How are farmers re-engaged with their soils? Through fear, finances, regulation or education?
Throughout human history there are examples of entire civilisations which have crumbled as a result of their soil management; yet we appear doomed to repeat these mistakes century after century. If our only interaction with soil is from the comfy seat of a tractor rather than with our hands and a spade it is no wonder we don’t notice how it is changing over time and when damage is being done. The year I was awarded my Nuffield Farming Scholarship was the FAO’s International Year of Soils: raising the profile of soils as not only a growing medium for the food we eat but as a crucial tool in mitigating climate change. Meanwhile the media was plagued with negative press exposing the industry’s perceived shortcomings of “2 million tonnes of top soil degraded in the UK each year” and “only 100 harvests left”.
The aim of my study was to understand which mechanisms are most effective for achieving change within agriculture. I visited organisations and initiatives in the United States, Canada, Australia, New Zealand and France which have utilised a range of regulatory mechanisms, knowledge transfer techniques and financial incentives. I also engaged with farmers who had been involved with these initiatives to understand the strengths and weaknesses of each approach. Understanding what the barriers to change were and how these initiatives had overcome these barriers was a key learning point. Would it be possible to utilise any of these mechanisms to reinvigorate interest in soil health in the UK?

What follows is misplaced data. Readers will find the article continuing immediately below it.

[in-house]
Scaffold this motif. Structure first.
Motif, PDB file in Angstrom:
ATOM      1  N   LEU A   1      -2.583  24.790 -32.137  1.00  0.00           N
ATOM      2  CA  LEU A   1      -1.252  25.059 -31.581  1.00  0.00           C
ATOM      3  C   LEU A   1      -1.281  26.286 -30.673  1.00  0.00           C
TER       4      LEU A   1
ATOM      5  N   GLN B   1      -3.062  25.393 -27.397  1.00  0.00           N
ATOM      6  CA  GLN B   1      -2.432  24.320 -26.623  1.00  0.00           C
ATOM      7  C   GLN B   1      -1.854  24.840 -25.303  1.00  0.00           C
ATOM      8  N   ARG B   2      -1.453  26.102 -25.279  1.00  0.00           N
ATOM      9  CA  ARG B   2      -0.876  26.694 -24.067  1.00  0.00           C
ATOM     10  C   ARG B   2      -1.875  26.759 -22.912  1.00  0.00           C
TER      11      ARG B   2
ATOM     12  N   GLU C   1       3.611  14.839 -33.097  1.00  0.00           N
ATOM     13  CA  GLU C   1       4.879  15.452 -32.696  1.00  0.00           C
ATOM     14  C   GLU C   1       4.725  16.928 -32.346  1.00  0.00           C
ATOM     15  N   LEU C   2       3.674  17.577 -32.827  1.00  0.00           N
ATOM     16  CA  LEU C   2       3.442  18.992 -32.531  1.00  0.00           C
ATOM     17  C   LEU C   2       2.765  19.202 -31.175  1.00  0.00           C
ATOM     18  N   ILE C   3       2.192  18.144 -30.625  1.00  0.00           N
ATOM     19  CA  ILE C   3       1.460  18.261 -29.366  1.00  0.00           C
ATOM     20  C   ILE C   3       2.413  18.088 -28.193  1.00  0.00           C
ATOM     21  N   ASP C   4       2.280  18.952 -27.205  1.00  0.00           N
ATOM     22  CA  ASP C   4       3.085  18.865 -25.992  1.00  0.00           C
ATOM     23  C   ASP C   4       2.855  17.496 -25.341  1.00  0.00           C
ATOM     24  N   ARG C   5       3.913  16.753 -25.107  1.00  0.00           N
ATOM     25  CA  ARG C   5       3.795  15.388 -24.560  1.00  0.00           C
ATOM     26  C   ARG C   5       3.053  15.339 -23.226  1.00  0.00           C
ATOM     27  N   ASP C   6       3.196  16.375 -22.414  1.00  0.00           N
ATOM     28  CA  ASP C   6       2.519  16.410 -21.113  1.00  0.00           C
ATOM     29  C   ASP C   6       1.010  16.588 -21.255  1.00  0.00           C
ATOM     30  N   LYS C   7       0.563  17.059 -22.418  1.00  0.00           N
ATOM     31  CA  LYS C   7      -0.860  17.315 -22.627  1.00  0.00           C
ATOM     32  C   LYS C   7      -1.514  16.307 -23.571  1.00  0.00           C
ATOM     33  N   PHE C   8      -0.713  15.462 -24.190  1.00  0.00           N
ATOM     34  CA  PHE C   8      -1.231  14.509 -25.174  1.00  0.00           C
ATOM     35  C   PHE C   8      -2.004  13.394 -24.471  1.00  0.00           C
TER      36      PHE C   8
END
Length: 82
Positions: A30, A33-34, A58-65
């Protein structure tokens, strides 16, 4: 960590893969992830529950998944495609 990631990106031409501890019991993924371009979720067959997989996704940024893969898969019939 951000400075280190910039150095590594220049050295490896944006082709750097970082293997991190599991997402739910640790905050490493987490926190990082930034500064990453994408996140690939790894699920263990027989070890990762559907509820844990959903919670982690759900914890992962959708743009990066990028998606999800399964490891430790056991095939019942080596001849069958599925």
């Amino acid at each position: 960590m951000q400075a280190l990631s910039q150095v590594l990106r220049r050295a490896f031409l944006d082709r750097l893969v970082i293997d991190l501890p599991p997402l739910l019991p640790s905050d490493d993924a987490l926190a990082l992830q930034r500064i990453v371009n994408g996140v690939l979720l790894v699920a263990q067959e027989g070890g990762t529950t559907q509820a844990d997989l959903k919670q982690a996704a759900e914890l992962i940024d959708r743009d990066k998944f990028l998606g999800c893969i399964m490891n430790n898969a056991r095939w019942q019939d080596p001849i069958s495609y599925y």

I concluded that no single mechanism, if implemented alone, would achieve long-term positive change. A combination of regulation, knowledge transfer and financial rewards is more likely to engage the broad range of farm type and farmer personalities. Where regulation is to be introduced an interactive consultation process with the target audience can improve understanding and ownership of the issue that the regulation seeks to address. Regulation can encourage the adoption of innovative solutions which result in more resilient businesses. Financial support schemes should reward or be a happy consequence of good practice. When incentives are used it often results in a mindset of only carrying out good practice when one is being paid to do so, winning over wallets but not hearts and minds.
Personnel working for initiatives proactively engaging with farmers should develop their role as a Facilitator rather than considering themselves to be an Educator. Empowerment of leading/host farmers will allow for the cascade of enthusiasm to occur with ideas and practices shared peer-to-peer. Resources and effort should be focused on assisting those most likely to change practice rather than chasing the hard-to-reach. Only those who have changed can explain how they overcame the barriers.
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